A member of the famed Lewis and Clark Corps of Discovery may have been the first black man to cast a vote in America, long before blacks won the right to vote with the 1869 passage of the Fifteenth Amendment.
The year was 1806 and members of the expedition had to choose a site to build winter quarters near Astoria, Oregon. The black man’s name was York. He was William Clark’s slave, but he had proven himself more than three-fifths of a man during this three-year discovery of the unchartered American west so he was granted the right to vote.
Sacagawea, the Shoshone Indian who led the party through the Bitterroot Mountains, was also allowed to vote. Ironically, women, even those who meant so much to our country’s history, would not be granted the right to vote in a federal election until 1920.
|Marvin Jefferson as York. (Photo courtesy of Alan Thompson)|
Marvin Jefferson, a New Jersey educator and actor, shared these stories at the Ohio Chautauqua held last week in Rossford. Jefferson portrayed York in a one-man show delivered on a sparse stage. His performance was riveting, his monolog infused with emotion, intelligence and bravado. York, we come to learn, became a trusted and valuable member of the 29-man team which ventured into the unknown. So much so he was entrusted with a rifle, although it was illegal for a slave to handle a gun. He also proved to be an emissary among the Indians who had never seen a black man. They called him “Big Medicine.”
The Corps of Discovery was championed by President Thomas Jefferson following the Louisiana Purchase. Lewis and Clark were commissioned to explore the unchartered west, document the flora and fauna and locate the mythical Northwest Passage, a water route to the Pacific. Americans soon followed in their footsteps and settled the west.
After the expedition returned to civilization, York lived at Clark’s Kentucky plantation where he hoped to rekindle his marriage to a woman who lived on a neighboring plantation. However, when York’s wife was sold and shipped to Mississippi, York asked for his freedom to follow her, or, at worst, to be sold to a neighboring plantation owner. Clark refused. When Clark took a job in St. Louis and took York with him, York’s hope to be reunited with his wife died.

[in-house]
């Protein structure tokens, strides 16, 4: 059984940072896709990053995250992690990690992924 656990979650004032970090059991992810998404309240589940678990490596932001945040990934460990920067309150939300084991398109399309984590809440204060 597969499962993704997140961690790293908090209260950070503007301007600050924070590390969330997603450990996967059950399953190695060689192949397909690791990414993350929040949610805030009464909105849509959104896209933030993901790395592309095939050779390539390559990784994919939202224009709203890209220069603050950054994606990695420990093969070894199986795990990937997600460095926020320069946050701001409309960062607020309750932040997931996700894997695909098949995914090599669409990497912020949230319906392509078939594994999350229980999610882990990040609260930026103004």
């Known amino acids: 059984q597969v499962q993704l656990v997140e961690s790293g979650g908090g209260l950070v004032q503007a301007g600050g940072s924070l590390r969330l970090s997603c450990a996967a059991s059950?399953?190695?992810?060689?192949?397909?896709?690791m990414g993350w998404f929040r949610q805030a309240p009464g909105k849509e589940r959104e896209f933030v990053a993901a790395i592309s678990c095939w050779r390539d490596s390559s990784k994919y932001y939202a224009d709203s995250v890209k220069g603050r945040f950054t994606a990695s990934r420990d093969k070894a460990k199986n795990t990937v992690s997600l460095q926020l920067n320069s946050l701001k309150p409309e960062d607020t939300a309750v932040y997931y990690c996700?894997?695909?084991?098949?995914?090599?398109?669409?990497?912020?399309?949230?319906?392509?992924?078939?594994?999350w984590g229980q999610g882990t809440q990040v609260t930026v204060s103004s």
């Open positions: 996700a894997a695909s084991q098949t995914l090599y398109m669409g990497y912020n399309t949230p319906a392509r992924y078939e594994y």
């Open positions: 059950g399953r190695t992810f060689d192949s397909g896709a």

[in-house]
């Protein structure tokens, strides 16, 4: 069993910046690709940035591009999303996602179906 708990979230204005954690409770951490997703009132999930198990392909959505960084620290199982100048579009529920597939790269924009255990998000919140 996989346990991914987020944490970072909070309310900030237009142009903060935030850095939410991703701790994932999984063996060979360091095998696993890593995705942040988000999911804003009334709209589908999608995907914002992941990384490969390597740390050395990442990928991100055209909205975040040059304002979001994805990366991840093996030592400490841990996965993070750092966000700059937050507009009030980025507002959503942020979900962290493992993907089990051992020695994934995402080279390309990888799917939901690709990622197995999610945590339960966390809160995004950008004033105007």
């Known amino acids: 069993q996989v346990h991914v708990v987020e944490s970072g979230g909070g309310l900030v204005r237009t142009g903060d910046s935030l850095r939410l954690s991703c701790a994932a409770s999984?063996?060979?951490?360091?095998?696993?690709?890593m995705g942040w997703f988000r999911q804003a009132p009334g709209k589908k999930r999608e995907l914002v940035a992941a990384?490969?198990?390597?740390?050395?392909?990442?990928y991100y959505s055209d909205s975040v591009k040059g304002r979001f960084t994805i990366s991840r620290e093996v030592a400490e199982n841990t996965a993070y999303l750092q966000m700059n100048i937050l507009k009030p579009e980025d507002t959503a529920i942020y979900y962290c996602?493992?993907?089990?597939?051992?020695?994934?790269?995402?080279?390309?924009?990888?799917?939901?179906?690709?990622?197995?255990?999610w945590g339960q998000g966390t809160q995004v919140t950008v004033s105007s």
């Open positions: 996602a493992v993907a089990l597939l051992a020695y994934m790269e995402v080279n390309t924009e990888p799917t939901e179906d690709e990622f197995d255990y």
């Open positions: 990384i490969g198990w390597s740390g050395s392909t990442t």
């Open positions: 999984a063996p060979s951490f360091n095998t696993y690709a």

The refusal and York’s change in attitude bred animosity between the two. Clark would claim York was becoming uppity and he beat him to show him his place. Eventually, Clark freed his slave, but it wasn’t until some 10 years later.
Al Thompson, a retired history teacher, and Tim Kreps, another retired teacher, are local re-enactors. Thompson portrays Clark, Kreps portrays Lewis. Following Marvin Jefferson’s portrayal, Thompson said of his Clark, “I didn’t know I was such a jerk.”
Thompson, who had compiled an extensive unit on the expedition while a teacher, bicycled the 3,800-mile Lewis and Clark trail in 2005 documenting various points of interest for his reenactment presentations.
While Thompson gained added insight into York’s character at the Chautauqua, hundreds of other visitors to Rossford were also treated to a glimpse of Ohio history as seen through the eyes of four other individuals: Margaret Blennerhassett, a woman at the center of the so-called “Burr Conspiracy” involving vice president Aaron Burr; Chief John Logan, an American Indian who was a proponent of peace with the white man until his family was murdered; John Chapman, the frontier preacher known as Johnny Appleseed, and Commodore Oliver Hazard Perry, the hero who defeated the British fleet on Lake Erie during the War of 1812.
Each actor portraying these historical figures presented a monolog about the character’s personal life on the Ohio frontier, then answered audience questions.
The Ohio Chautauqua was presented by the Ohio Humanities Council and was entitled “When Ohio was the Western Frontier.” The Rossford Convention and Visitors Bureau deserves credit for bringing the program to Northwest Ohio. The five-day event also included workshops and musical performances including one by Oregon’s Choraliers.
We are in a unique period of refection for Northwest Ohio history. We are commemorating the 200th anniversary of the War of 1812 in which the Battle of Lake Erie turned the tide in our country’s favor and the 150th anniversary of the Civil War. The first Medal of Honor recipients, members of Andrews Raiders, were from Northwest Ohio. Local historical societies and museums will host a number of programs this year and through 2015. These re-enactors can bring history alive for you and your children.